When the kerfuffle between magazine editors and bloggers bubbled up again this fall it felt like 2009 all over again! An op-ed style undressing, so to speak, that ran on about the distracting peacock ways of street style stars and their ilk caused a stir among the more digitally inclined and rekindled a (mostly anymore) unspoken tension between editors reporting on the shows and those who actively pose and preen for photographers. Who's to say which group has pride of place anymore but it felt like small potatoes when the very relevancy of a fashion show itself is up for debate…

Tracy Bailey Jr./

Yeezy Hits and Misses

Last February it felt like in one afternoon at Madison Square Garden, Kanye changed the concept of the fashion show as we knew it. He disrupted the relatively staid, if overbooked, New York schedule with a runway show cum album release party cum performance art piece that monopolized several hours worth of prime NYFW time. It was a true happening, a rare event during the New York season. Fast forward to September when, on a punishing late summer day, West bussed out weary editors to Roosevelt island where models, in his signature monochromatic nude and earth tone separates, collapsed in their ill-considered vinyl boots and show goers tried desperately to escape. It soured those who previously cheered his risks and bravado when they felt he left the fashion flock out to dry. Hopefully next season's venue is accessible by subway with visible exits.

The Pussy Bow Heard Round the World

He said it, she wore it. It was bright pink and Gucci.

George Michael R.I.P.

Anyone over 30 can probably tell you where they were the first time they saw the video for George Michael's "Freedom! '90," directed by a young David Fincher, and starring Naomi Campbell, Christy Turlington, Linda Evangelista, Cindy Crawford and Tatjana Patitz stomping around a dilapidated loft apartment. It was the quintessential moment of the supermodel era that brought together fashion, music, and film in 6 glorious minutes. And to seal the deal on its cultural imprimatur, Gianni Versace sent down just those models (minus Patitz) as the tune blared for his Fall 1991 runway show. So when the news of Michael's untimely death on Christmas Day this year broke, the fashion community were especially devastated. Tributes and remembrances poured in from the supers and mortals alike and an exploding-jukebox-shaped-hole was left on the runway.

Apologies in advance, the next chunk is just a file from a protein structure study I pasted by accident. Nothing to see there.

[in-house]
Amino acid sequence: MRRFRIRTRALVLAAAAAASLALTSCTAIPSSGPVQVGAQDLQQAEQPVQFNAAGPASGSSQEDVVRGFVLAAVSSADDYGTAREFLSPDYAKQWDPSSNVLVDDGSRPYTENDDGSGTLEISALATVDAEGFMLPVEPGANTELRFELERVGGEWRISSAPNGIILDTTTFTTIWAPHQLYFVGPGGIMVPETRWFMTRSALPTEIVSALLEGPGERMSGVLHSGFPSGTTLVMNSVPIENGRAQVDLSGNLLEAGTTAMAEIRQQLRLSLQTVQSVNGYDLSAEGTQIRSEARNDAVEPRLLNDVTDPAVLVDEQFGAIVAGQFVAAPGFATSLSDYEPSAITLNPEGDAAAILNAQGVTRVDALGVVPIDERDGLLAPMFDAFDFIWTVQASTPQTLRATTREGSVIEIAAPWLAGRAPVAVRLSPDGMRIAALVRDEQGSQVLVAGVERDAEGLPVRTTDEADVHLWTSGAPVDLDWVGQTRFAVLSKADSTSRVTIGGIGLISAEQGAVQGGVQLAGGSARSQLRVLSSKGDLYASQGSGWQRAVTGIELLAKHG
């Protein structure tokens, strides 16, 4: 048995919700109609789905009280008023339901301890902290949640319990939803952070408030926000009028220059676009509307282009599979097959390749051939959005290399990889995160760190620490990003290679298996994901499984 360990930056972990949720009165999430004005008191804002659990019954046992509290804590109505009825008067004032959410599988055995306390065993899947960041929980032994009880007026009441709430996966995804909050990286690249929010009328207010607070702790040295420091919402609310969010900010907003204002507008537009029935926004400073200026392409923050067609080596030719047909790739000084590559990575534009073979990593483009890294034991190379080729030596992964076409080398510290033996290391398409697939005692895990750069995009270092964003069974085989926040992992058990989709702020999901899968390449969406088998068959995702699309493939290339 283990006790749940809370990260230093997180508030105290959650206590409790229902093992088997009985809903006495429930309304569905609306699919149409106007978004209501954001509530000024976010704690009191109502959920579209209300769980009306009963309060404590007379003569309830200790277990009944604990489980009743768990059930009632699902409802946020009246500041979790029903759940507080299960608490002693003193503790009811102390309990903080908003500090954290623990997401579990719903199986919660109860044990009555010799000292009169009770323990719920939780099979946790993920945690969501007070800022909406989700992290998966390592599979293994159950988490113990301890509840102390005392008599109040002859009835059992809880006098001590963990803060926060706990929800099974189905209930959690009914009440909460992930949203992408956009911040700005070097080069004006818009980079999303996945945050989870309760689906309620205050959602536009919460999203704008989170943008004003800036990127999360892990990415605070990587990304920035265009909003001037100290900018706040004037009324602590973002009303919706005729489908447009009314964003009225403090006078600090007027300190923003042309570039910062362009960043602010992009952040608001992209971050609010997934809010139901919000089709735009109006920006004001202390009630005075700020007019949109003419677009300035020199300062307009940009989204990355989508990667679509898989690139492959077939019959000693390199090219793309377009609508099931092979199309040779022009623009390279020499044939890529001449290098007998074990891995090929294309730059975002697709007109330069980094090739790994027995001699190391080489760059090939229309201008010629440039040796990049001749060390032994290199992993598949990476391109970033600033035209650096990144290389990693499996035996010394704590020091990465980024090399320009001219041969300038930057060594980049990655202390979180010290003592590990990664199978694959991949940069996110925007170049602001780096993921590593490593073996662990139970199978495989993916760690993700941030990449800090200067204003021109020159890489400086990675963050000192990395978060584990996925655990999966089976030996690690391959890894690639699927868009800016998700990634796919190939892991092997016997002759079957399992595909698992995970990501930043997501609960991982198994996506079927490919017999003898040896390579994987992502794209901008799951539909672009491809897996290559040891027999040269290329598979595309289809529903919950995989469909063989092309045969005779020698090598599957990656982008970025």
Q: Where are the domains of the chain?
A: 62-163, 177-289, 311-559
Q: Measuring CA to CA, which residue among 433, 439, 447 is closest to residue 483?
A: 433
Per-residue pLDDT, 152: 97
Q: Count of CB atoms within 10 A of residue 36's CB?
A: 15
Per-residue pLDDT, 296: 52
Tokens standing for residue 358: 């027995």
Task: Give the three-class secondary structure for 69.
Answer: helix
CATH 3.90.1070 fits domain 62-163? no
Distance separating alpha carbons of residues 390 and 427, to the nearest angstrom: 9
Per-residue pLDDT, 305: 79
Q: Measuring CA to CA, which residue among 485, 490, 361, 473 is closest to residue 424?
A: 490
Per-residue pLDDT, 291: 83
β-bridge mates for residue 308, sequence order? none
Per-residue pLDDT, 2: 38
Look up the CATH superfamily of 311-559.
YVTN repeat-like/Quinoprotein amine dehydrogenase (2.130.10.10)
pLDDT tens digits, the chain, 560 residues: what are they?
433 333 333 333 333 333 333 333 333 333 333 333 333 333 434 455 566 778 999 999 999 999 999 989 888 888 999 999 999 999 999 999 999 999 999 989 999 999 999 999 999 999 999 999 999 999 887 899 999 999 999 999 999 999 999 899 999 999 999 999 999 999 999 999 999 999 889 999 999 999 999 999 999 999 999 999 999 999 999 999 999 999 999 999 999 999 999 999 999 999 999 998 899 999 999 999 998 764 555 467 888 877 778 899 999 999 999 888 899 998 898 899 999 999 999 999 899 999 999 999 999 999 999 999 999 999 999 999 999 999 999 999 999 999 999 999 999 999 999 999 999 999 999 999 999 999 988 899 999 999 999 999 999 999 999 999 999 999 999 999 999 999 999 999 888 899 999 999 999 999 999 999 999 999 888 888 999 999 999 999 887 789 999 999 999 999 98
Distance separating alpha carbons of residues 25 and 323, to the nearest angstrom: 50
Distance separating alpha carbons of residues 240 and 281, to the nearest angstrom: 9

So Long, Saint Laurent

Another long-rumored designer departure that finally came true was Hedi Slimane's iconoclastic run at Saint Laurent (he was replaced by Anthony Vaccarello). He turned the Rive Gauche label into an accessories and RTW juggernaut with luxuriously repurposed grunge looks and put its parent company, Kering, in the blackest of black. But Hedi being Hedi, his exit was not without a little acrimony: He filed for, and won, a multimillion dollar suit against the parent company for money owed. The new rumor is he will wile away his non compete-clause and patiently await a vacancy at one of fashion's crown jewels: Chanel.

David Bowie R.I.P.

Little did we know last January, with the passing of David Bowie, a loss felt so deeply and achingly by the fashion world, that it would be just a trickle before a waterfall of losses of so many beloved artists and icons of our time. For the Starman, his relationship to fashion was at once symbiotic—it's hard to name a more referenced musician in fashion soundbites—and distant—he was rarely if ever seen at shows and parties in an industry that was reverential and devoted. His enduring influence from Ziggy to the Thin White Duke and the ironic and timeless lyrics of Fashion live on, as does his legacy of constant self-invention; and what could be more fashion.

Splash photo by Julien Boudet/